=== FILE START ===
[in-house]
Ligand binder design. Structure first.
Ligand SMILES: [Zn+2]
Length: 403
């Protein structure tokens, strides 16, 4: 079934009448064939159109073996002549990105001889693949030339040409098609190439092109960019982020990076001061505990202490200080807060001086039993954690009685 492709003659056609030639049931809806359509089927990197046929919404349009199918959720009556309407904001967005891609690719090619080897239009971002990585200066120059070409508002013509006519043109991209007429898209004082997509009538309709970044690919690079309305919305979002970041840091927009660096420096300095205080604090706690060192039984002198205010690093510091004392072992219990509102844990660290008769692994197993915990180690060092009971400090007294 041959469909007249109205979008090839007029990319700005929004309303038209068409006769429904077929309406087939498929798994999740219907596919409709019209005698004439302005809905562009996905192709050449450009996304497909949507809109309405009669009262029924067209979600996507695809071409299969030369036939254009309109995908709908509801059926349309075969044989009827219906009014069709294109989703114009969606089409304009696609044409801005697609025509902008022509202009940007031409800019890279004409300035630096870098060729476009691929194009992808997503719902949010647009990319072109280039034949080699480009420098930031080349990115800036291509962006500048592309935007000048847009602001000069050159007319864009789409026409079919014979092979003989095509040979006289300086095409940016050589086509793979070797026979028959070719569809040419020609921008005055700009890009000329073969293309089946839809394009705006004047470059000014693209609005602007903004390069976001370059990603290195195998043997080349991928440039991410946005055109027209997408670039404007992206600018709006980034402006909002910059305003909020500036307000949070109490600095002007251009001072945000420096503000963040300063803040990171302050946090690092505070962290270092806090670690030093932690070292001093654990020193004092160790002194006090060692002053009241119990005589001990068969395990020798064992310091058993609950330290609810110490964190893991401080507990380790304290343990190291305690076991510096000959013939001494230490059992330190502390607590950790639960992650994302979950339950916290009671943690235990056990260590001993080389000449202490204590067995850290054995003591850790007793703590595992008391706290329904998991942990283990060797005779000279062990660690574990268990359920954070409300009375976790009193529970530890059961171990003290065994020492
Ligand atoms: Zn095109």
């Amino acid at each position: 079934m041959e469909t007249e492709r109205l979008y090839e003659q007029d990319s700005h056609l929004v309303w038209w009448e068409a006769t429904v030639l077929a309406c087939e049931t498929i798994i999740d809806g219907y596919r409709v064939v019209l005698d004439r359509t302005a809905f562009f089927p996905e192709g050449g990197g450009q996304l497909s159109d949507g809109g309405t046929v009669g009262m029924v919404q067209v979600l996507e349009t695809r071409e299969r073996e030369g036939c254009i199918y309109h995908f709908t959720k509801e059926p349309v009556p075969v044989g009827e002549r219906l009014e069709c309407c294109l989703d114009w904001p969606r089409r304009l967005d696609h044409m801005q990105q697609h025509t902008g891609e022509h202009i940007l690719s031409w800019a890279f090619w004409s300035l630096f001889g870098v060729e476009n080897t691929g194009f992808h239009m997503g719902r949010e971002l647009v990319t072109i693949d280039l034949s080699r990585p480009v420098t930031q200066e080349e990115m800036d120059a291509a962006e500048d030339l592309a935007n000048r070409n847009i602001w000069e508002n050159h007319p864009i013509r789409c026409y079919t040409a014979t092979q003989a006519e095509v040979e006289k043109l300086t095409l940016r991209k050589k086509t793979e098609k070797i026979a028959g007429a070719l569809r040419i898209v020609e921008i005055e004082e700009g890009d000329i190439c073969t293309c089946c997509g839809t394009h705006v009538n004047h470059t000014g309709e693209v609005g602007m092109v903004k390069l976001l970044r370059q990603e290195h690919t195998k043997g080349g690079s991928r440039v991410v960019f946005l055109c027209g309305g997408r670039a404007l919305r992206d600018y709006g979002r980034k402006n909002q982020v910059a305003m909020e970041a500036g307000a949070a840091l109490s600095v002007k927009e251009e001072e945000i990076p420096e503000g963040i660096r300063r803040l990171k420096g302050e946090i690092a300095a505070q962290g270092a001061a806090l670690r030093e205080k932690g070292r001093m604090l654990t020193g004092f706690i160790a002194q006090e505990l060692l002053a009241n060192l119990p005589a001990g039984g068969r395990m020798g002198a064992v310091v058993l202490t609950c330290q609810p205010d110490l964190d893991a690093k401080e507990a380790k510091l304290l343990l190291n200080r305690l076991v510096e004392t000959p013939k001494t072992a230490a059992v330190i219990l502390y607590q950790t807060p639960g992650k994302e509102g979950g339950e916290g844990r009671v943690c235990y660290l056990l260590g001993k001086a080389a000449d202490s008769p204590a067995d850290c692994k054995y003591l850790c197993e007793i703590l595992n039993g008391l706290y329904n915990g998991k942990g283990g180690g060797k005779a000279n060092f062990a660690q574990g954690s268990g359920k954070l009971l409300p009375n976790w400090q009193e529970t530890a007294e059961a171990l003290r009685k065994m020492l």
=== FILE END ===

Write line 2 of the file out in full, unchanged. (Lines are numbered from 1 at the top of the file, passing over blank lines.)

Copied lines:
Ligand binder design. Structure first.